While most of the teens in that study who reported using e-cigarettes had personal or family histories of tobacco usage, three further studies have linked e-cigarette usage by schoolchildren and teenagers as increasing the likelihood of them using conventional tobacco products at least once.

The latest statistics available from the FDA report a ten-fold increase in e-cigarette usage among high school students, over 2 million child or teen users across the US, though this comes alongside falling rates tobacco cigarettes by children and their families, showing a likely cross over.

Further research has refuted these findings, with only small numbers of teens surveyed in Wales regularly using an e-cigarette without previously smoking cigarettes, suggesting that any childhood dalliance is unlikely to be habit forming, though longitudinal studies are few and far between at this point.

These mixed results, early in the lifecycle of an emerging business, have led to statements from the FDA, US Surgeon General and Cancer Research UK advising prevention of childhood use, and the suitability of e-cigarette platforms for smoking cessation, based on common sense use.

So, the take away message here is that e-cigarettes are generally safe then?

Those sweet flavours which children reported as a major appealing factor to e-cigarette use include cinnamaldehydes which, based on samples obtained from users, directly suppress immune function in nasal and respiratory tissues.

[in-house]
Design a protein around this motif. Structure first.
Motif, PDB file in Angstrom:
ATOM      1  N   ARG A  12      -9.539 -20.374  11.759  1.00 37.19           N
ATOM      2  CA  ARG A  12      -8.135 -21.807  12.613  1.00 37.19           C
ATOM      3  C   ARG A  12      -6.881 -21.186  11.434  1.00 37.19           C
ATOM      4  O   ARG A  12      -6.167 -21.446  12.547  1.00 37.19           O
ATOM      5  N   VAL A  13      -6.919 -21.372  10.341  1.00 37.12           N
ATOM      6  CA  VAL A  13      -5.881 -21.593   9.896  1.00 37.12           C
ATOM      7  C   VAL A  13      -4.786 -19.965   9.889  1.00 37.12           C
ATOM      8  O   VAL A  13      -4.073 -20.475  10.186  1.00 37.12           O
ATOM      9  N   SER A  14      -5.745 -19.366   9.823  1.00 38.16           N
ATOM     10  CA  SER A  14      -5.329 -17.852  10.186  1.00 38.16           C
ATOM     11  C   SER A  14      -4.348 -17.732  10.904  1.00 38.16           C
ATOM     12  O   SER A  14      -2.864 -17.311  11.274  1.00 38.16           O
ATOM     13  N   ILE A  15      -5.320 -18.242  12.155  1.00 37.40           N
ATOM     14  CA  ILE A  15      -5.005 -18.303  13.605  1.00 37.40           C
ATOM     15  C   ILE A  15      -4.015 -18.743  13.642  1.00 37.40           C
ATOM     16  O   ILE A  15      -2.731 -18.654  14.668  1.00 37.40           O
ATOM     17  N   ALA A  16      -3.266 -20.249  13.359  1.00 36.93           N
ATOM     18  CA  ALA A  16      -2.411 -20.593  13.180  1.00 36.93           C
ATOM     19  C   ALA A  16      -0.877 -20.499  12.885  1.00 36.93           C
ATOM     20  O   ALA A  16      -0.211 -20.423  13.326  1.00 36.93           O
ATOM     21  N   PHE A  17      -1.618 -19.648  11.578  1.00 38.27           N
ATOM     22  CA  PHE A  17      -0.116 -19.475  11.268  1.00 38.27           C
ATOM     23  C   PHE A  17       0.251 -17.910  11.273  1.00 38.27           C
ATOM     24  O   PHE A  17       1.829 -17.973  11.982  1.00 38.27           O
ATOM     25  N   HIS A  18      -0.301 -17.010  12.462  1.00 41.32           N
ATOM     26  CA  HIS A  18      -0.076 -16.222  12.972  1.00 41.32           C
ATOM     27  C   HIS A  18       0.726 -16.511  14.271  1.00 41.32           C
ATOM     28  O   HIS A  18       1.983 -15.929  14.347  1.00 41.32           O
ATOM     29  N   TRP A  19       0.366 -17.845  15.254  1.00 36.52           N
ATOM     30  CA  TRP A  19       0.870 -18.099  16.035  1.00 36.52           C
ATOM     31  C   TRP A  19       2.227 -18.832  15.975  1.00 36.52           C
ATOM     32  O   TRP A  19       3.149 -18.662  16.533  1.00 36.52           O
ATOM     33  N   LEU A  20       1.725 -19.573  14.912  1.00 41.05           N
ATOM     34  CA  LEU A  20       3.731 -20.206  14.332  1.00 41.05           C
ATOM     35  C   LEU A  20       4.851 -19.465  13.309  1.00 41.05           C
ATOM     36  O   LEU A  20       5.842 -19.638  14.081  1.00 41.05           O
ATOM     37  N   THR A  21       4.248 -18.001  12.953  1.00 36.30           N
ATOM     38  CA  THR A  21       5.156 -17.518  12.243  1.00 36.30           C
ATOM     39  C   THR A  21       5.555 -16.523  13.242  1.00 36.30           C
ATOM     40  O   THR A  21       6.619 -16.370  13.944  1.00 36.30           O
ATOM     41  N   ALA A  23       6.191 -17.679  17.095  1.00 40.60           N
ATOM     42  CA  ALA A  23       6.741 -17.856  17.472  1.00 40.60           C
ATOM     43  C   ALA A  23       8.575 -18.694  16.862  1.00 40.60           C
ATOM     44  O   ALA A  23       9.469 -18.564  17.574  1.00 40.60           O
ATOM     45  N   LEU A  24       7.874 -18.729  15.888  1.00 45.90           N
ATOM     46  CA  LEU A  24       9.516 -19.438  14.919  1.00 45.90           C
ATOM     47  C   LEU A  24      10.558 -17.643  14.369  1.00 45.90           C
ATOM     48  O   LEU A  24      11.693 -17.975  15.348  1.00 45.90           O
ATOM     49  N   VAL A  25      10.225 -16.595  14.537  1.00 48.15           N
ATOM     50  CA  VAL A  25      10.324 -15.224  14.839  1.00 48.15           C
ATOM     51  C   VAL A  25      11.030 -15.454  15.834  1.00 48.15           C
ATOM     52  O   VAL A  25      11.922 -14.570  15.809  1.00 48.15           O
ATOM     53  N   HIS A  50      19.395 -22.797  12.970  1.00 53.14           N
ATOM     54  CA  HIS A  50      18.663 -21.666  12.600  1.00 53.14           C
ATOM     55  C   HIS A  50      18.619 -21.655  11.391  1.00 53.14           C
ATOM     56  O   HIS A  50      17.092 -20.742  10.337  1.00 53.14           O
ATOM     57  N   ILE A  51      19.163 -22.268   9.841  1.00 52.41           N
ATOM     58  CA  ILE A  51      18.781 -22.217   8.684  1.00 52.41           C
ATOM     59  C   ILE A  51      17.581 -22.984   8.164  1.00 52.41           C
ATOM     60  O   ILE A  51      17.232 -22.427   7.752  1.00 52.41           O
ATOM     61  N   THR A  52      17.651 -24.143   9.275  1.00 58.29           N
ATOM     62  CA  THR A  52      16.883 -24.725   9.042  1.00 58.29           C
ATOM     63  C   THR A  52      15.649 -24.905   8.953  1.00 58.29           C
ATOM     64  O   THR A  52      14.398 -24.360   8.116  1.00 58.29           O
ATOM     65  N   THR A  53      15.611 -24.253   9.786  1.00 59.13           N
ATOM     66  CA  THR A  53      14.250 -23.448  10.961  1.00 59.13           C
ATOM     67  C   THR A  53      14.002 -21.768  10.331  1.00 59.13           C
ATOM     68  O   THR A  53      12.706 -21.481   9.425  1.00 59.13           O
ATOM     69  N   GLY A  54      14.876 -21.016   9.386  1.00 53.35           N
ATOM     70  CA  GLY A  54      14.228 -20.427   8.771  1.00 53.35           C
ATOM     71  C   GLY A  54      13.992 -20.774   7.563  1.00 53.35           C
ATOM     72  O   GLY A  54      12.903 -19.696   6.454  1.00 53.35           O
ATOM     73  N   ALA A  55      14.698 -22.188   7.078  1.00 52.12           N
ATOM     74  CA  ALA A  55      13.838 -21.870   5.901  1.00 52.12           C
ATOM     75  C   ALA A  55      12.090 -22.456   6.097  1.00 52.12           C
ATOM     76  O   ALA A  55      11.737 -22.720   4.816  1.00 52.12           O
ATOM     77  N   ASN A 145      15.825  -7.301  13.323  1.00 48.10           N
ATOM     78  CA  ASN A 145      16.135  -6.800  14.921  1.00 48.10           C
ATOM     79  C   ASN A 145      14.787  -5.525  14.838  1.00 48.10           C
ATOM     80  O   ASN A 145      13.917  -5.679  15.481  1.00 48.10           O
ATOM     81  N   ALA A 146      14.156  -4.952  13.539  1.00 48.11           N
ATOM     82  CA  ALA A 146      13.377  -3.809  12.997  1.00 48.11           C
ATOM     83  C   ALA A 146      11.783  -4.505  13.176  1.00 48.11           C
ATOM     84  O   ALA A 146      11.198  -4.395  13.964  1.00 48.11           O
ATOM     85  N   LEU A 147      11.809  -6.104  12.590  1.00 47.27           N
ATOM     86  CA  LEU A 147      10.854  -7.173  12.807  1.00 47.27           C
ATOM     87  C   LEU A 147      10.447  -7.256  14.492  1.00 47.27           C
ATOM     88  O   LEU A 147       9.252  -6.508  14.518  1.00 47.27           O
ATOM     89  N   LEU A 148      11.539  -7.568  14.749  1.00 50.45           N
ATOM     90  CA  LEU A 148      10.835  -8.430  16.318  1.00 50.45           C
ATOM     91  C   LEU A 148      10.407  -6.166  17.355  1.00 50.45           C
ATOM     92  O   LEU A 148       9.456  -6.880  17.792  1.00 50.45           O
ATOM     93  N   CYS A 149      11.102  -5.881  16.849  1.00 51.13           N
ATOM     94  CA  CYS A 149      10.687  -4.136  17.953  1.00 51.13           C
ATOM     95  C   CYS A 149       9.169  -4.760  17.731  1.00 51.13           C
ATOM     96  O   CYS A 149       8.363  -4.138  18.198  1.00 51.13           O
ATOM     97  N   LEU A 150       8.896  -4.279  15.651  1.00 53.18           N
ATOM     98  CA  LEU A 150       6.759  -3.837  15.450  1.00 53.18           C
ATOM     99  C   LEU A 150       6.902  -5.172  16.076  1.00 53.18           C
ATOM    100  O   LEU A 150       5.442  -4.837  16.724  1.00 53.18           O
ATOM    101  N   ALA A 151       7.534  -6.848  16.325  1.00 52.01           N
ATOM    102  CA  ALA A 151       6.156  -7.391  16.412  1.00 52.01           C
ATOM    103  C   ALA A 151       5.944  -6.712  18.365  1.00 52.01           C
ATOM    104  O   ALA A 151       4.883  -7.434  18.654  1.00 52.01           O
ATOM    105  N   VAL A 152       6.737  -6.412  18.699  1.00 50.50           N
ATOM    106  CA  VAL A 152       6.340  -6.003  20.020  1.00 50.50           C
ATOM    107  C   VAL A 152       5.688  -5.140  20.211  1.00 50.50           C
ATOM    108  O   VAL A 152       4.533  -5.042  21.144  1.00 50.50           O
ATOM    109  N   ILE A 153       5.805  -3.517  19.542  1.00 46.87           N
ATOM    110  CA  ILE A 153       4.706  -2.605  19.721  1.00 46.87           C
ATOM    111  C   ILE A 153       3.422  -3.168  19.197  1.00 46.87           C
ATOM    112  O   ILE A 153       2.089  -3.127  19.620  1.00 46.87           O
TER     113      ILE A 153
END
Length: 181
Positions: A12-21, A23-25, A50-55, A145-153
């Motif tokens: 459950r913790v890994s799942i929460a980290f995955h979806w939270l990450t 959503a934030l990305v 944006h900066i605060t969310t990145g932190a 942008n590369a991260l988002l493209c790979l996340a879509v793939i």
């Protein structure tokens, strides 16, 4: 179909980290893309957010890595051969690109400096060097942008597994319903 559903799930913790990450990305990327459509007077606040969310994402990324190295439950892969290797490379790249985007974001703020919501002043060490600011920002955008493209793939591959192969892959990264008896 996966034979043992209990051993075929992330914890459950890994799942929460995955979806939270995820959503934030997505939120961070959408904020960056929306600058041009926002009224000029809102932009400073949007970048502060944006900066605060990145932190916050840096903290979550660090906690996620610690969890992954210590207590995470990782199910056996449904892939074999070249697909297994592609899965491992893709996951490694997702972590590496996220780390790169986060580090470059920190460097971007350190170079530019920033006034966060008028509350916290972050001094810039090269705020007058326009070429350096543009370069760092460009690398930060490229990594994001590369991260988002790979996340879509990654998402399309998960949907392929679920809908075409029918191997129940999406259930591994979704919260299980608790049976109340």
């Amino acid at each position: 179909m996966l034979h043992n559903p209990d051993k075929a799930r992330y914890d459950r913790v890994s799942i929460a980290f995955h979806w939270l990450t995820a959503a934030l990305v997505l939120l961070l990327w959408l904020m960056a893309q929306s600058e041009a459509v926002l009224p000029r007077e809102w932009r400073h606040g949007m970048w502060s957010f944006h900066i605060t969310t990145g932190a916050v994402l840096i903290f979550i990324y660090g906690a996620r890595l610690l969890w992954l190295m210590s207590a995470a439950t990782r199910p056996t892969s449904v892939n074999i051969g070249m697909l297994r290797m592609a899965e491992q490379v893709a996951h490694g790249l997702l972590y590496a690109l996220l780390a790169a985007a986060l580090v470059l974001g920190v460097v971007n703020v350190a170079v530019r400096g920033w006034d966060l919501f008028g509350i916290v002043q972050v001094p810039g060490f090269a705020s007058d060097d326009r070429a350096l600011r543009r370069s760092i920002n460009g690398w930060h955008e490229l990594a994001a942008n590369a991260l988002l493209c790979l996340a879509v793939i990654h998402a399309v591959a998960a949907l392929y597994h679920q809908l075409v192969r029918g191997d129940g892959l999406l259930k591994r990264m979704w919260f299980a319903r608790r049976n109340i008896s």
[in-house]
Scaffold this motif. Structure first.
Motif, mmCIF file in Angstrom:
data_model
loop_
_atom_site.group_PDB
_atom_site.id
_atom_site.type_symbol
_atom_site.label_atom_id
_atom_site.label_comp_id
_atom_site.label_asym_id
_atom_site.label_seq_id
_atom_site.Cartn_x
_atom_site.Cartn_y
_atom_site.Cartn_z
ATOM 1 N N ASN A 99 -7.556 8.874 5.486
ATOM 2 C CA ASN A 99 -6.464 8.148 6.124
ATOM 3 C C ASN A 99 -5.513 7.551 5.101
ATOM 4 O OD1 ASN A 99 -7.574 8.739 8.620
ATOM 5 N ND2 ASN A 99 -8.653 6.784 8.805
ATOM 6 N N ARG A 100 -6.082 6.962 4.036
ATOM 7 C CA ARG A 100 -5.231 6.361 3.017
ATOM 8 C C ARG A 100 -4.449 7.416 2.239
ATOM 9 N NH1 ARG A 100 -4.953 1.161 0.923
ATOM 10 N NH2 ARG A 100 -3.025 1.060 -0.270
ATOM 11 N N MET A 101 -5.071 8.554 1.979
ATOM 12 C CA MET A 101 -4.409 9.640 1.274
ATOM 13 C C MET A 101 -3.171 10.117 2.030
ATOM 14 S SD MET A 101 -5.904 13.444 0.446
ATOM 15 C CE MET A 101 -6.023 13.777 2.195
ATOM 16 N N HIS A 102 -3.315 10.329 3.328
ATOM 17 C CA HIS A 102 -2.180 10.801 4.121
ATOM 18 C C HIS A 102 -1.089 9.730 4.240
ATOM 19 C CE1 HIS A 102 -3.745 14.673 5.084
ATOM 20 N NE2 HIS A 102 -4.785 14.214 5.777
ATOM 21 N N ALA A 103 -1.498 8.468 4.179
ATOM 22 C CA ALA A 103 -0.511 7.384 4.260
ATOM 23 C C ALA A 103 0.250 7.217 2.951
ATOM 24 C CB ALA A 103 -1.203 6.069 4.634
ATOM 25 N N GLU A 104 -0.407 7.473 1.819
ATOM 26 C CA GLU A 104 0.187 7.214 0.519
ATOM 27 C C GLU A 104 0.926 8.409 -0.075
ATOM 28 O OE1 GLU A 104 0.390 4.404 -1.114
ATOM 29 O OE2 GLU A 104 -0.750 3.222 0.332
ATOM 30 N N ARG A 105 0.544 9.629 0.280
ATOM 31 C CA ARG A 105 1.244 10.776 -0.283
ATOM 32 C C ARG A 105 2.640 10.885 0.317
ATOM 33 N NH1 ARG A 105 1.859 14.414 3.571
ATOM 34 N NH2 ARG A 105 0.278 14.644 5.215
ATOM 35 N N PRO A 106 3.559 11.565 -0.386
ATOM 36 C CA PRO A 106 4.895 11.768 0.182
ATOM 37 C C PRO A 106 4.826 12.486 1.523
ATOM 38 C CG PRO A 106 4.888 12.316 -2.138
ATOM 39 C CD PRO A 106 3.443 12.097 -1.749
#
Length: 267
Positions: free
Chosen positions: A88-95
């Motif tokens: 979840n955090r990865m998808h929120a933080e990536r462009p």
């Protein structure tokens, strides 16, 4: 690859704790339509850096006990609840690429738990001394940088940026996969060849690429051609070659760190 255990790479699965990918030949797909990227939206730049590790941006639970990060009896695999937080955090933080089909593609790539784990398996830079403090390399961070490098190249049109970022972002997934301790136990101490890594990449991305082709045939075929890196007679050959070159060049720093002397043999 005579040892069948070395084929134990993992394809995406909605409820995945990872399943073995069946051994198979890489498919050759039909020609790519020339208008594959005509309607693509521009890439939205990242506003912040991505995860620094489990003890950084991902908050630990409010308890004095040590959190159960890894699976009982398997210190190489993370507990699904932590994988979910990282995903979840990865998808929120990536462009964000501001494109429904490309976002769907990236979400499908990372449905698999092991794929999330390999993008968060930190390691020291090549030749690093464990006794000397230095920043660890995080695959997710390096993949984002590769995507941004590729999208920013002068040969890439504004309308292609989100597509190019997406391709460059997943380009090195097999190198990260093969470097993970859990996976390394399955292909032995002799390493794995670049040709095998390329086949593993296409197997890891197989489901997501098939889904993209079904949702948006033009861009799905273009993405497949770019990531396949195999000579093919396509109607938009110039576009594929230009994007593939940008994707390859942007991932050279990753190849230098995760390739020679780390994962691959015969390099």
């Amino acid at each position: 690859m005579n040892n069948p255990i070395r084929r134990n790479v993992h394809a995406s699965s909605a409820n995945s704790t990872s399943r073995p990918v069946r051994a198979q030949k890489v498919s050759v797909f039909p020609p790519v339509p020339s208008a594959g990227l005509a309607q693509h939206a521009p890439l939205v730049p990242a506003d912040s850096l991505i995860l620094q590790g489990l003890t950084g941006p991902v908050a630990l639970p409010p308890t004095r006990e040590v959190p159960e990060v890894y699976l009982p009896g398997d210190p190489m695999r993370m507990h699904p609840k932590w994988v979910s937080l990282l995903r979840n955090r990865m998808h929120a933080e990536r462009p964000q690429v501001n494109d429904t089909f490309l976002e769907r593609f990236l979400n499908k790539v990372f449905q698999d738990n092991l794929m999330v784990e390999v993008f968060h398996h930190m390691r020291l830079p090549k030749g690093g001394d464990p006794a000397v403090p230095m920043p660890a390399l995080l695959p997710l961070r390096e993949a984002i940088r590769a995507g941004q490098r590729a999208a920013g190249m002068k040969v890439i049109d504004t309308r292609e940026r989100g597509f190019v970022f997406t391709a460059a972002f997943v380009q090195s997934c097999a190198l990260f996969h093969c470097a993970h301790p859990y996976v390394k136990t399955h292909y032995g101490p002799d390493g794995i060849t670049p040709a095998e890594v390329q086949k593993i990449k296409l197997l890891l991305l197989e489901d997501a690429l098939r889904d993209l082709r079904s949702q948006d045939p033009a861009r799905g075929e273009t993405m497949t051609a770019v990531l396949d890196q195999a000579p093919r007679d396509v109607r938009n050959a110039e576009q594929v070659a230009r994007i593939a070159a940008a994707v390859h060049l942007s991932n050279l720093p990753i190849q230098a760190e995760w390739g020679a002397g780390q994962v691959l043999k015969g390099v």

When heated, cinnamaldehydes and similar flavourings metabolise directly into toxic aldehydes and other carcinogens, including benzene production at high temperatures.

Other models have linked nicotine containing and nicotine free e-cigarette fluid with DNA damage on par with tobacco cigarettes, due to other additives and flavours in the fluid.

This is feared to have an especially severe effect in younger users, with persistent coughs and bronchitis reported so far, and asthmatic users doubly susceptible.

Research in Environmental Research has identified toxic metals, including cadmium, chromium and lead, leeched from the heating coil of devices into fluid during aerosol generation, and, in even more unusual circumstances, thermal runaway in e-cigarette batteries has resulted in the device rupturing and exploding in users pockets.

In control of cardiovascular disease, initial indications that human heart cells respond less to e-cigarette aerosol than tobacco smoke have been matched by later findings that ecigarette users were more likely than non-smokers to experience increased adrenaline levels in the heart and increased oxidative stress.

On the other hand, other research reports that e-cigarette vapour

All of the above comes from R&D at British American Tobacco, and if anyone knows about the risks of smoking, it's gonna be them...

What to make of this all?

As ever, common sense prevails – any time you introduce a new element to a system, something in the system will change, be it drinking anything besides clean water or breathing anything besides fresh air.

E-cigarettes are not 100% risk free, but so far those risks pale in comparison to the tremendous global health burden associated with tobacco.

Their use to ease smokers off tobacco cigarettes and towards smoking cessation is recommended, though regulation around the content of flavourings and safety of devices requires review.

Should children and teenagers use them for fun?


Will they?

Certainly, just the same as every other thing children are told not to do.

Will waving Skittles-flavoured vapour toruses around a stage ever actually look cool?

Not in this reporters opinion, but who am I to judge?